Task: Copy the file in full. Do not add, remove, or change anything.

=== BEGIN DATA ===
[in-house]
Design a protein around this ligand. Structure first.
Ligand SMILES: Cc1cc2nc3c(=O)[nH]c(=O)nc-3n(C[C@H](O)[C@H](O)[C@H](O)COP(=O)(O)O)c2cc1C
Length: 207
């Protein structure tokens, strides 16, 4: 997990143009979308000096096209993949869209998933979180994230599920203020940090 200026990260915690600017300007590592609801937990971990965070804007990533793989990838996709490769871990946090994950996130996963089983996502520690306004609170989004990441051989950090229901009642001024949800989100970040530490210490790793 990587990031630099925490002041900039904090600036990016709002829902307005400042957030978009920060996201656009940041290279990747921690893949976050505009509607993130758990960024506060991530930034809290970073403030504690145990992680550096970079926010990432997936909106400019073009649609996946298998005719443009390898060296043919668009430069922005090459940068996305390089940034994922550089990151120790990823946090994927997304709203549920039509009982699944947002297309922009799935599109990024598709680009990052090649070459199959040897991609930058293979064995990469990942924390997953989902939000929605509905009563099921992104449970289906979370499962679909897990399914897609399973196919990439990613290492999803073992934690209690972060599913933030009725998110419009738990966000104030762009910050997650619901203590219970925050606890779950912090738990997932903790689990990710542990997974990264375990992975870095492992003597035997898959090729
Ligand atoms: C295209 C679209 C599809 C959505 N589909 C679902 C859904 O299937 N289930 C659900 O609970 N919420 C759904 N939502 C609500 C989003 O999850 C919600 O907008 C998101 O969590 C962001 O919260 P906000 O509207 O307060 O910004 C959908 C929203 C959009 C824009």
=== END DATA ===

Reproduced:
[in-house]
Design a protein around this ligand. Structure first.
Ligand SMILES: Cc1cc2nc3c(=O)[nH]c(=O)nc-3n(C[C@H](O)[C@H](O)[C@H](O)COP(=O)(O)O)c2cc1C
Length: 207
């Protein structure tokens, strides 16, 4: 997990143009979308000096096209993949869209998933979180994230599920203020940090 200026990260915690600017300007590592609801937990971990965070804007990533793989990838996709490769871990946090994950996130996963089983996502520690306004609170989004990441051989950090229901009642001024949800989100970040530490210490790793 990587990031630099925490002041900039904090600036990016709002829902307005400042957030978009920060996201656009940041290279990747921690893949976050505009509607993130758990960024506060991530930034809290970073403030504690145990992680550096970079926010990432997936909106400019073009649609996946298998005719443009390898060296043919668009430069922005090459940068996305390089940034994922550089990151120790990823946090994927997304709203549920039509009982699944947002297309922009799935599109990024598709680009990052090649070459199959040897991609930058293979064995990469990942924390997953989902939000929605509905009563099921992104449970289906979370499962679909897990399914897609399973196919990439990613290492999803073992934690209690972060599913933030009725998110419009738990966000104030762009910050997650619901203590219970925050606890779950912090738990997932903790689990990710542990997974990264375990992975870095492992003597035997898959090729
Ligand atoms: C295209 C679209 C599809 C959505 N589909 C679902 C859904 O299937 N289930 C659900 O609970 N919420 C759904 N939502 C609500 C989003 O999850 C919600 O907008 C998101 O969590 C962001 O919260 P906000 O509207 O307060 O910004 C959908 C929203 C959009 C824009």